This year’s judging panel is chaired by Andrew Marr, journalist and television presenter, and includes poets Ian Duhig, Sandeep Parmar and Mona Arshi, and artist Chris Riddell.
They will choose the winners of the Forward Prize for Best Collection (£10,000), the Felix Dennis Prize for Best First Collection (£5,000) and the Best Single Poem Prize (£1,000). The Prizes are among the most coveted literary awards in the UK and Ireland: collections of poetry published during the year ending September 2017 are eligible, as are prize-winning single poems or poems nominated by journal editors.
Poems from the shortlists, plus works commended by the judges, will be published as the 26th Forward Book of Poetry this autumn, on the eve of the prize ceremony on 21 September 2017 at the Royal Festival Hall, London.
Andrew Marr is a former editor of The Independent and BBC Political Editor. He currently hosts BBC 1’s Andrew Marr Show, and presented Radio 4’s Start the Week from 2005 to 2012. He has written and presented numerous series for the BBC including Andrew Marr’s History of Modern Britain, Darwin’s Dangerous Idea, Andrew Marr’s The Making of Modern Britain and Andrew Marr’s History of The World. On National Poetry Day 2015, Andrew Marr took over Radio 4’s schedule with We British, an exploration British history and identity through poems. Marr also authored We British: The Poetry of a People, a history of Britain told through the work of its greatest poets.
He says: “After a quarter of a century, the Forward Prizes for poetry have established themselves as central to the literary landscape of modern Britain – a benevolent act of imagination which has paid off richly – and I am thrilled to be chairing the 2017 awards. Of all the arts, poetry is the one at which the British have traditionally excelled most. Across these Isles, we are living through a period particularly rich in poetry-making. Barely a week goes past when I’m not introduced to a poet or a poem which makes me see the world a little differently and with all the political turbulence around, I can’t wait to get stuck in to some more rigorous reading. With my fellow jurors – the artist Chris Riddell, the scholar Sandeep Parmar and the poets Mona Arshi and Ian Duhig – we will be looking for newly published poems that offer a vital counterbalance to the crude slogans, sound bites and tired metaphors of public life, poems that rub the dull tarnish from our language and make it new.”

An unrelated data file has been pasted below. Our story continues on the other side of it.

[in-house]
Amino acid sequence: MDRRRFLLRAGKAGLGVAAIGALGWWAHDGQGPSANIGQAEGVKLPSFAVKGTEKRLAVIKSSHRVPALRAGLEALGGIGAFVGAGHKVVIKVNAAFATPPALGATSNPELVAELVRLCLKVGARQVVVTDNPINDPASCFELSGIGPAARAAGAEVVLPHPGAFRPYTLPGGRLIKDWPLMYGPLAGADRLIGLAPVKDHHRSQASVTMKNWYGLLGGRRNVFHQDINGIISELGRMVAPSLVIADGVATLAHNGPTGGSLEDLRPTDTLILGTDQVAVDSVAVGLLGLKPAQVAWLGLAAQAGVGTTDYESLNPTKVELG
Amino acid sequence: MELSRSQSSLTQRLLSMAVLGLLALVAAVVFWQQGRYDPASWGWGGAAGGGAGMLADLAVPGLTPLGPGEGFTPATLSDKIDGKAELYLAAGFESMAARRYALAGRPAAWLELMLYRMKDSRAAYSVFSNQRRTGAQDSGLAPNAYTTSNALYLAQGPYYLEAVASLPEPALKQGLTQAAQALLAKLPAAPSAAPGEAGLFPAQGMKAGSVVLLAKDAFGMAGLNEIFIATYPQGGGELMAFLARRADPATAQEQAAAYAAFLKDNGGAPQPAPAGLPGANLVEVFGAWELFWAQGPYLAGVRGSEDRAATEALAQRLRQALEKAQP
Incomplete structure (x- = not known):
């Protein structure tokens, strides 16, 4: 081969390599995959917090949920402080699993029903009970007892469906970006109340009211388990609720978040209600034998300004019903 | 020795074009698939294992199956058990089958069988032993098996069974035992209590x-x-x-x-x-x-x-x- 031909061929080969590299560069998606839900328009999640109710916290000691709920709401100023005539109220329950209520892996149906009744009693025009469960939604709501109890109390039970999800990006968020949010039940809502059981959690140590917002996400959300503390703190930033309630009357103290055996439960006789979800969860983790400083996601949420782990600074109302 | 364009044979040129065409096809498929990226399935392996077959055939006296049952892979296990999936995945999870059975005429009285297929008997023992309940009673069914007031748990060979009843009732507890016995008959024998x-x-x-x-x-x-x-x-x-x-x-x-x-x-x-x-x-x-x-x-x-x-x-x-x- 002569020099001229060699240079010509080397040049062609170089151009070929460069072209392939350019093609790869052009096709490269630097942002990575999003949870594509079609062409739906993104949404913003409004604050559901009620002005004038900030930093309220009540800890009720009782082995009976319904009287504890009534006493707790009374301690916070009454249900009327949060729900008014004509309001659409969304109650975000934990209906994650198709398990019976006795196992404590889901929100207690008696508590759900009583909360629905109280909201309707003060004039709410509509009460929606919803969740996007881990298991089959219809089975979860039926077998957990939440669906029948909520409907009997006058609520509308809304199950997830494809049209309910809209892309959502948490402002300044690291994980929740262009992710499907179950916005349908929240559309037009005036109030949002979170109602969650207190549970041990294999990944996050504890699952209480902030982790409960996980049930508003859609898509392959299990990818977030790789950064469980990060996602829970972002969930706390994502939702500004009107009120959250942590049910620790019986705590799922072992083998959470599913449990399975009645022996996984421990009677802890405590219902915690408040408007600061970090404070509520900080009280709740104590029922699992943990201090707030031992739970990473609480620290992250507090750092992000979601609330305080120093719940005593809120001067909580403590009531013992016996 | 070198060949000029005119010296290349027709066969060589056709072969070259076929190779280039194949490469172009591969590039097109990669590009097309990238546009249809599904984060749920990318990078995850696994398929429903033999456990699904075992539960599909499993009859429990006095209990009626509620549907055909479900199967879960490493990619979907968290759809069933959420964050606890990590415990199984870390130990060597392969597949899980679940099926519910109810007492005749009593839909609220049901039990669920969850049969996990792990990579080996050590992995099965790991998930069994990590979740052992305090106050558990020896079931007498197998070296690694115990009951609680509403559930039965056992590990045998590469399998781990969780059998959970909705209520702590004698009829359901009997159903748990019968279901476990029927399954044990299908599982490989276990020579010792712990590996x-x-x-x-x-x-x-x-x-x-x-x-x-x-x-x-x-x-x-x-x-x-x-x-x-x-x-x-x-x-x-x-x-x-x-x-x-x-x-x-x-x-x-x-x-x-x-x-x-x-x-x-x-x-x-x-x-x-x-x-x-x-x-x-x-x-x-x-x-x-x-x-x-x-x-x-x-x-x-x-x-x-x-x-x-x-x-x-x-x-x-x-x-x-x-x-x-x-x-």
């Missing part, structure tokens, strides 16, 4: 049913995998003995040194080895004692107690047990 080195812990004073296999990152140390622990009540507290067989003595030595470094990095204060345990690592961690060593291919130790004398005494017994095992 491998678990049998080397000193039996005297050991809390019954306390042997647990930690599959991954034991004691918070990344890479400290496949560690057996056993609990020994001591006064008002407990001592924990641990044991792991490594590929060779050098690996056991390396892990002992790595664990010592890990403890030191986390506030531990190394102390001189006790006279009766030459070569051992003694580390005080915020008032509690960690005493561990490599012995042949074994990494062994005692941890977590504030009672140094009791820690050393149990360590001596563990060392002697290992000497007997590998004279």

A former worker with the homelessness, Ian Duhig still works with socially excluded groups through now on writing projects. He also works with artists, musicians, film-makers. His seventh book of poetry ‘The Blind Roadmaker’ was shortlisted for the Roehampton, Forward Best Collection and TS Eliot Prizes. A Cholmondelely Award recipient and Fellow of the Royal Society of Literature, Duhig has won the Forward Prize for Best Single Poem and the National Poetry Competition twice.
Mona Arshi worked as a human rights lawyer for a decade before she received a Masters in Creative Writing from the University of East Anglia. She went on to win the inaugural Magma Poetry Competition in 2011, the Troubadour International Prize and the Manchester Creative Writing Prizes. Her debut collection Small Hands won the Forward Prize for Best First Collection in 2015. Mona is the 2016-2017 Arvon/Jerwood poetry mentor.
Chris Riddell is the creator of an extraordinary range of books which have won many awards including the UNESCO Prize, the Greenaway Medal (on three occasions) and the Hay Festival Medal for Illustration. His work includes the Ottoline and Goth Girl series. Chris has also achieved global success through his New York Times best-selling collaboration on The Edge Chronicles with Paul Stewart and through his illustrated works with other high-profile figures including Neil Gaiman and the comedian Russell Brand. He was appointed Children’s Laureate in 2015.
Chris is also a renowned political cartoonist whose work appears in the Observer, the Literary Review and the New Statesman.
Sandeep Parmar is Senior Lecturer in English Literature at the University of Liverpool. Her books include Reading Mina Loy’s Autobiographies: Myth of the Modern Woman (a critical study of the modernist writer Mina Loy’s literary archive), and scholarly editions of the Collected Poems of Hope Mirrlees and the Selected Poems of Nancy Cunard. Her own poetry books are The Marble Orchard and Eidolon (a rewriting of the myth of Helen of Troy in modern America). Her essays and reviews have appeared in the Guardian, The Los Angeles Review of Books, the Financial Times and the TLS. She is currently writing a novel, which is partly set during India’s Green Revolution in the 1960s. She is a BBC New Generation Thinker and Co-Director of Liverpool’s Centre for New and International Writing.